"dependsOn": [
      "[resourceID('Microsoft.ManagedIdentity/userAssignedIdentities', variables('managedIdentityName'))]",
      ...
   ]

That I had managed to do all by myself earlier on during testing.

But I was lacking the displayName (which is apparently required in this case), and I had both the role assignment syntax and the API version wrong.

I found that difficult to figure out from the documentation (which still lacks proper examples of some features) so here’s mine for the record:

   {
      "type": "Microsoft.Authorization/roleAssignments",
      "name": "[variables('rbacGuid')]",
      "apiVersion": "2017-09-01",
      "properties": {
         "displayName": "[variables('managedIdentityName'))]",
         "roleDefinitionId": "[variables('virtualMachineContributor')]",
         "principalId": "[reference(resourceId('Microsoft.ManagedIdentity/userAssignedIdentities', variables('managedIdentityName')), '2018-11-30', 'Full').properties.principalId]",
         "scope": "[resourceGroup().id]"
      },
      "dependsOn": [
         "[resourceID('Microsoft.ManagedIdentity/userAssignedIdentities', variables('managedIdentityName'))]",
         "[resourceId('Microsoft.Compute/virtualMachines', parameters('masterName'))]"
      ]
   }

In this case, the scope is the entire resource group, since I set up my clusters as two separate resource groups (so this will only give the MSI access to the one it’s in) and the role only allows this identity to manage VMs and VM scale sets. You can be as granular as you want, but in my case the intersection of the role itself with the resources inside that group is restricted enough (and I want the master to be able to perform operations on itself at a later stage).

Using the MSI to invoke Azure APIs

Since this is post is getting to be a bit long, I’m going to go over the basics of how you can then use your service identity from inside the associated VM.

There are essentially three steps:

  • Discover your subscription ID and resource group (since you really don’t want to hard-code that into your scripts)
  • Obtain a bearer token for authentication against Azure Resource Manager (this is where your managed identity will come into its own)
  • Invoke whatever API you need

The first step can be done through the instance metadata service, which works quite similarly to its AWS counterpart; i.e., you invoke a private URL and get whatever metadata the platform has for the instance.

This is trivial to do using requests (I like to use a Session object to make sequential calls more efficient):

res = session.get(
   "http://169.254.169.254/metadata/instance",
   headers = {
      "Metadata": "true"
   },
   params = {
      "api-version": "2018-10-01"
   }
)
if res.status_code == 200:
   instance_metadata = res.json()

The results are quite useful, really (abbreviated for clarity):

{
    "compute": {
        "azEnvironment": "AzurePublicCloud",
        "publisher": "Canonical",
        "sku": "18.04-LTS",
        "version": "18.04.201906040",
        "provider": "Microsoft.Compute",
        "location": "eastus",
        "name": "master0",
        ...
        "resourceGroupName": "acme-prod-k3s-cluster",
        "subscriptionId": "<guid>",
        "vmId": "<guid>",
        "vmScaleSetName": "",
        "vmSize": "Standard_B2ms",
        "zone": ""
    },
    "network": {
       ...
    }
}

We can leave that result aside for the moment–moving on to the second step, we’re going to ask the same service for a bearer token to authenticate against management.azure.com:

res = session.get(
   "http://169.254.169.254/metadata/identity/oauth2/token",
   headers = {
      "Metadata": "true"
   },
   params = {
      "api-version": "2018-02-01",
      "resource": "https://management.azure.com/"
   }
)

And this is where the managed service identity kicks in, providing us with said token and the MSI’s client_id:

{
    "access_token": "<humungously long string>",
    "client_id": "<guid of our MSI>",
    "expires_in": "28800",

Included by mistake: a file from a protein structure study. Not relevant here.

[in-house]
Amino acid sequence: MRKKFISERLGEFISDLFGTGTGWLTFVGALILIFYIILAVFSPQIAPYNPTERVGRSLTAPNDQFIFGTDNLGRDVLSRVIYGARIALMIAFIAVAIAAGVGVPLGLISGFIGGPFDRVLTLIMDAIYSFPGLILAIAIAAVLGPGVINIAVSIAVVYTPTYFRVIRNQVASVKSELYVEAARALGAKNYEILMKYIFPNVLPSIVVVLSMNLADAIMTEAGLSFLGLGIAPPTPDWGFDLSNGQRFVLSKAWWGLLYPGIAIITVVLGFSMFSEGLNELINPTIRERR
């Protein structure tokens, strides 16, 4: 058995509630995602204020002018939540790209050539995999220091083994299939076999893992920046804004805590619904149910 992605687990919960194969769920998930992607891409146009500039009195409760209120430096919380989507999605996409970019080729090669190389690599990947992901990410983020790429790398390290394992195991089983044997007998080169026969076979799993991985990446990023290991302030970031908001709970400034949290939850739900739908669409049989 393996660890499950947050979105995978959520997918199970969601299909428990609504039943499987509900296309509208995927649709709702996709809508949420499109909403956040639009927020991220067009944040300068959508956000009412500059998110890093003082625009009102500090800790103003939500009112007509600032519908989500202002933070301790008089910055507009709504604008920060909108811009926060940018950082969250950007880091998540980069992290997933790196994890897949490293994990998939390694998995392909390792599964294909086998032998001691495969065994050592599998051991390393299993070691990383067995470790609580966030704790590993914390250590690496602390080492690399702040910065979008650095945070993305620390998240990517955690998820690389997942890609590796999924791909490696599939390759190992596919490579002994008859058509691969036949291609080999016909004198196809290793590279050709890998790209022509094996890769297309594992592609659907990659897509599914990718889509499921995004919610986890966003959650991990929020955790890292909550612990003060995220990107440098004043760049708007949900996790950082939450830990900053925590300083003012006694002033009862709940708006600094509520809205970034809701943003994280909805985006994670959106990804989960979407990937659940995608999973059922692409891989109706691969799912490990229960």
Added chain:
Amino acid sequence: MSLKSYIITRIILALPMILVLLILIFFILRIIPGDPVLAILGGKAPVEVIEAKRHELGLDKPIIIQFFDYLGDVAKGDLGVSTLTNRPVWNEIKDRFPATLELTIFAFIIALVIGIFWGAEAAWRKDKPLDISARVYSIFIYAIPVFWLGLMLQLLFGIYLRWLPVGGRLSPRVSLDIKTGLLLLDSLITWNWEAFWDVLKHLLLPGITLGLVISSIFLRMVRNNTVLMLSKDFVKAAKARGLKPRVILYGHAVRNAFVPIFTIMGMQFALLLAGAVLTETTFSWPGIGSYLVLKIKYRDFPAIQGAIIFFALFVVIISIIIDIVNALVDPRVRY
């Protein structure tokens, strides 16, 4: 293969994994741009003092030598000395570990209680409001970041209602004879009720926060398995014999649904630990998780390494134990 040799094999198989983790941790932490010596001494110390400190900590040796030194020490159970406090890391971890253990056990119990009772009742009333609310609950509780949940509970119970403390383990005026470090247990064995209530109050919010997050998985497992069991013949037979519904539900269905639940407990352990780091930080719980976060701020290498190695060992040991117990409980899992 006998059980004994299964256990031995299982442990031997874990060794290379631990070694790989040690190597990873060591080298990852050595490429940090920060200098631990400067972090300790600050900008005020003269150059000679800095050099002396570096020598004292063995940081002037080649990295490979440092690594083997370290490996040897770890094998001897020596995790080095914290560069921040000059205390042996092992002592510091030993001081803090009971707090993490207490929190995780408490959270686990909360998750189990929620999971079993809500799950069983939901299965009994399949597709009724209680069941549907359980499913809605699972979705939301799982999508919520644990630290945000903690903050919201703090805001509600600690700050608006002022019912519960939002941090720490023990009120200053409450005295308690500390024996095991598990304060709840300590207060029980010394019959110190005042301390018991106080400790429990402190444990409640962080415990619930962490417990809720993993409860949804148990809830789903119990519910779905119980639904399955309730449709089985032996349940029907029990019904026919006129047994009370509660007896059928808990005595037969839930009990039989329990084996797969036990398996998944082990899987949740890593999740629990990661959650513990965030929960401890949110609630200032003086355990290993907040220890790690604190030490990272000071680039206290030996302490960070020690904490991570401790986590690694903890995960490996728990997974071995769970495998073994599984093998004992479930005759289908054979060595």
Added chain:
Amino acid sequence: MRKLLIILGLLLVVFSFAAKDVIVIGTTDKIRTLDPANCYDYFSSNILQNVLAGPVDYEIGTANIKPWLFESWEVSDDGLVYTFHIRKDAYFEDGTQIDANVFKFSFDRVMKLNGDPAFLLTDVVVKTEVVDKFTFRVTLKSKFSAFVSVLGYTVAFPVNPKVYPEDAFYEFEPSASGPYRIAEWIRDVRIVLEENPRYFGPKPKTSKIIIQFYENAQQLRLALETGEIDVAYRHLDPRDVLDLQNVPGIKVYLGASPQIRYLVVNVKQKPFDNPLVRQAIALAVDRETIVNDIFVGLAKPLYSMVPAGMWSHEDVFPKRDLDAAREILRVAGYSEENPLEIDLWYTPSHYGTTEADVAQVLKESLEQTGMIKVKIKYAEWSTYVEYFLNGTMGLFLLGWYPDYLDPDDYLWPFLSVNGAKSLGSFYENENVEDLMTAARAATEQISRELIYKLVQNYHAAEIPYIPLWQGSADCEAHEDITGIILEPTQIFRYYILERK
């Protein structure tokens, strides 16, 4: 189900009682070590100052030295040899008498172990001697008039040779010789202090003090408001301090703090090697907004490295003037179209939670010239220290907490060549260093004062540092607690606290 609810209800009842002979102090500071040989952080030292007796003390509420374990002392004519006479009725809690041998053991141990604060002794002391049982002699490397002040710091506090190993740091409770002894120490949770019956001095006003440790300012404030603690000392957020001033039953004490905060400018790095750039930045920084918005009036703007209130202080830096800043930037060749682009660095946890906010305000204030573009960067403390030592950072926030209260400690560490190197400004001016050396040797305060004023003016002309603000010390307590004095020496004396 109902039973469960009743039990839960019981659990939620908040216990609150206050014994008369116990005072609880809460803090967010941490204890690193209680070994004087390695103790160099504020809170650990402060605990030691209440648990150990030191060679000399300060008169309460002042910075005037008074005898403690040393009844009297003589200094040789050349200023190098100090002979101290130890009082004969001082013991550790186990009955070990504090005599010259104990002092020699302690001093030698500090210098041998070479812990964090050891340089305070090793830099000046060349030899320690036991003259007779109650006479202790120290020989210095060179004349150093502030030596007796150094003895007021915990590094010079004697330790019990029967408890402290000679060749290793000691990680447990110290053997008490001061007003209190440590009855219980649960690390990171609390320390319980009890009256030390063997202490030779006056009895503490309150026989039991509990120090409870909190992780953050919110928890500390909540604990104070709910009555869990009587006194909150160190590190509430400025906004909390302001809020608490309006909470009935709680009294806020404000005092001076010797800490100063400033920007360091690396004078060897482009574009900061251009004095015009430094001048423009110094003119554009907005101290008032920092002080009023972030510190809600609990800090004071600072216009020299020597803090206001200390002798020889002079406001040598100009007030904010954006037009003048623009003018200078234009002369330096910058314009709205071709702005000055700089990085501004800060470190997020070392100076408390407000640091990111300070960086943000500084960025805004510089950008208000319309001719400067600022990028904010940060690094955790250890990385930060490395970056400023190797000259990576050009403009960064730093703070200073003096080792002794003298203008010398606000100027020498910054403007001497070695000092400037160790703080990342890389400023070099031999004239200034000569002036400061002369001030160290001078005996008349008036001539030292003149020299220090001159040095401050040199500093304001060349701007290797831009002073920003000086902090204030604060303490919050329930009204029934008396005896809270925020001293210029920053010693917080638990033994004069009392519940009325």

"expires_on": "1560620938",
    "ext_expires_in": "28800",
    "not_before": "1560591838",
    "resource": "https://management.azure.com/",
    "token_type": "Bearer"
}

So, zero need to hack any of these values into config files–the managed service identity makes authenticating to these endpoints a seamless affair.

And if we tie them together with the subscriptionId and the resourceGroupName we got from the initial call, we can now issue an actual management API request:

# Let's merge the agent scaleset name for the sake of brevity:
data = {
   "vmScaleSetName": "agents",
   **instance_metadata
}

res = session.get(
   "https://management.azure.com/subscriptions/{subscriptionId}/resourceGroups/{resourceGroupName}/providers/Microsoft.Compute/virtualMachineScaleSets/{vmScaleSetName}".format(**data),
   headers = {
      "Authorization": "Bearer {access_token}".format(**token)
   },
   params = {
      "api-version": "2018-06-01"
   }
 )

…which gives us the following:

{
   "id": "/subscriptions/<guid>/resourceGroups/acme-prod-k3s-cluster/providers/Microsoft.Compute/virtualMachineScaleSets/agents",
   "location": "eastus",
   "name": "agents",
   "properties": {
      "overprovision": false,
      "provisioningState": "Succeeded",
      "singlePlacementGroup": true,
      "uniqueId": "<guid>",
      "upgradePolicy": {
         "automaticOSUpgrade": false,
         "mode": "Manual"
      },
      "virtualMachineProfile": {
         "diagnosticsProfile": {
               "bootDiagnostics": {
                  "enabled": true,
                  "storageUri": "https://someplace.blob.core.windows.net"
               }
         }
      },
      ...
   }
}

You will notice that Python 3’s .format() came in very handy there.

In fact, dealing with Azure APIs with dynamic languages is great, and the whole thing can be summarized as:

session = requests.Session()
token = get_token(session)
metadata = get_metadata(session)["compute"]
metadata["vmScaleSetName"] = "agents" # or discover it
do_management_call_scaleset_info(session, metadata, token))

Next Steps

I am now working through the process of coding in basic scale set management (shutdown, add new VM, etc.) as well as being able to identify idle VMs in a scale set, and will eventually pack the results into a Go executable that will do the kind of “smart” downscaling I need.

That will then go into a suitable container that can also talk to k3s APIs, so that managing the VMs can tie into Kubernetes resources. Two things I’d like to do are (possibly) evict pods from nodes about to be killed (I already force that when machines are about to be shut down, but it’s a bit rough) and postpone scheduling of new pods until there is enough capacity.

Either are the only really tricky problems here, since picking out idle machines and terminating them seems like a fairly trivial proposition.

Considering we’re getting into the slow swing of Summer (which is due just after the local entropy maxima I expect over the next couple of weeks), it might take a while, but I’ll get there.


  1. It’s also implemented as a set of C# Azure Functions, which, to be honest, doesn’t help me in the least–there are just too many moving parts there… ↩︎